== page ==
Meeting Shared PCBU responsibilities. Part 1 The contractor accreditation process

Shared PCBU responsibilities.


Kevin Thompson, HASANZ Registered Safety Professional


                                            Part 1 - The contractor accreditation process.


A quote from the Good Practice document issued by Worksafe on the subject of PCBU with shared responsibilities.

You can’t contract out of health and safety duties.

If you are sharing a workplace with other PCBUs, or working together in a contracting chain, you are likely to share overlapping duties. Each PCBU in the contracting chain should be aware of overlaps and manage risks that are
appropriate and reasonably practicable for them to control.

You cannot:
–– contract out of your health and safety duties, or
–– push risk down the contracting chain to another PCBU.

You are not only responsible for your own workers; your responsibility also extends to workers whose work you influence and direct, and other people at the workplace. This includes supporting those people to meet their health and safety duties, and not passing on or increasing risk through your arrangements with them.

WorkSafe expects PCBUs at the top of a contracting chain to be leaders in encouraging good health and safety practices throughout the chain. We also expect them to use sound contract management processes.
Two of these processes are:
o choosing competent contractors
o exchanging information

Consultation which forms the first step to achieving the 3 C’s is required with workers, industry partners and others whose health and safety is directly affected by our work; and moves on to, cooperation and coordination, involving duty holders who owe a duty of care for the same work health and safety responsibilities and liabilities.


A safe workplace and better safety outcomes are easier to achieve when workers and other stakeholders participate in activities to identify and improve WHS issues and are involved in decision making about WHS risk management.


The first step in the journey towards achieving the three C’s (Consult, co-operate and communicate) is for the PCBU to have a contractor accreditation process.


The purpose of this document is to assess the standards that the contractor subscribes to and evidence of the quality of their Health and Safety Management system, processes and insurance liabilities.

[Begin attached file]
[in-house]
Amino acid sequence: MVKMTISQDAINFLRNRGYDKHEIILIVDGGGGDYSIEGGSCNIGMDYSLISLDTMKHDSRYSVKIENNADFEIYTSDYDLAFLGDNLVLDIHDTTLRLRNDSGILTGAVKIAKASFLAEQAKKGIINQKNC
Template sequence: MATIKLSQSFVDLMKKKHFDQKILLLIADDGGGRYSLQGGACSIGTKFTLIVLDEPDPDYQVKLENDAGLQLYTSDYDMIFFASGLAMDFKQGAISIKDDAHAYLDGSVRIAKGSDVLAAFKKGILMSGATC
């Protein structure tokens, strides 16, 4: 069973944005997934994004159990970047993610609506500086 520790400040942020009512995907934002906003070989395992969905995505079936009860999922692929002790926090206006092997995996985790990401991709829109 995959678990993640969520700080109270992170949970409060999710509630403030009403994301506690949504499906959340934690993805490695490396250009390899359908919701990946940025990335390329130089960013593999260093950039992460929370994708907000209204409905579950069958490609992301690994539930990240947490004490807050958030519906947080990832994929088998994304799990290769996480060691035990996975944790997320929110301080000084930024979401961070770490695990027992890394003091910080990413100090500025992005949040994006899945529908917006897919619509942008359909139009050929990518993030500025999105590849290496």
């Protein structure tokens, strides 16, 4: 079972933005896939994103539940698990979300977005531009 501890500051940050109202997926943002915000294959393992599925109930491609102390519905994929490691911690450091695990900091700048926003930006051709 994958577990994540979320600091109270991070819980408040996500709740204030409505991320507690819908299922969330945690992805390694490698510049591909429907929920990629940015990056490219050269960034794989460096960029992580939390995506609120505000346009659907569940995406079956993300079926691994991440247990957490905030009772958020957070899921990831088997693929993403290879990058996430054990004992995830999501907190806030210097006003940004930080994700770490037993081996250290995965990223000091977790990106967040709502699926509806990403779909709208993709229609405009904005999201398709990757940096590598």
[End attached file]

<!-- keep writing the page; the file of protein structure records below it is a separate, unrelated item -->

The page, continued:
The importance of carrying out this process is to support and validate due diligence of the relationship by the PCBU to ensure they are comfortable with sharing risk and liability.


There are many formulas out there in the market place, some are very simple and some are overly complicated. Some (which is becoming quite common place now) engage a third party to carry out this due diligence on their behalf (eg. Site Wise, Impac Prequalification.)


What is very important in this first phase is to ensure that the accreditation process is robust and verifiable. It is up to the PCBU to do their own due diligence into any third party accreditation process to ensure it is credible and will stand up to scrutiny. After all you are handing over the responsibility to this third party to give you advice on suitability.


If you are a SME and decide to keep the accreditation process in house you must ensure that your questions do not give rise to elicit a Yes/No response, but rather a descriptor of what and how they do safety in their business and completed practical examples to validate their answers.


Some examples of topics and required evidence could cover but not be limited to, the subjects of:
• Policies
• Management commitments to safety
• Managing risks in the business with risk registers, SOP. JSA, and a completed example of a Site Specific Safety plan completed for a recent job.
• How staff are involved in safety
• Accident/incident management with examples of documented reports.
• Training levels and competency of staff who may be involved in working with you
• Emergency readiness
• Managing contractors
• Currency of insurances

Once the document and evidence has been received from the contractor, this should be reviewed by a Health and Safety Practitioner to ensure that practices are robust.
Once assured of that status, a formal agreement, signed by both parties, should be put in place which outlines roles, responsibilities and deliverables within the relationship.


The next step in meeting the Three Cs will be covered in our second part in this series, CONTRACTOR AND VISITOR INDUCTION TRAINING.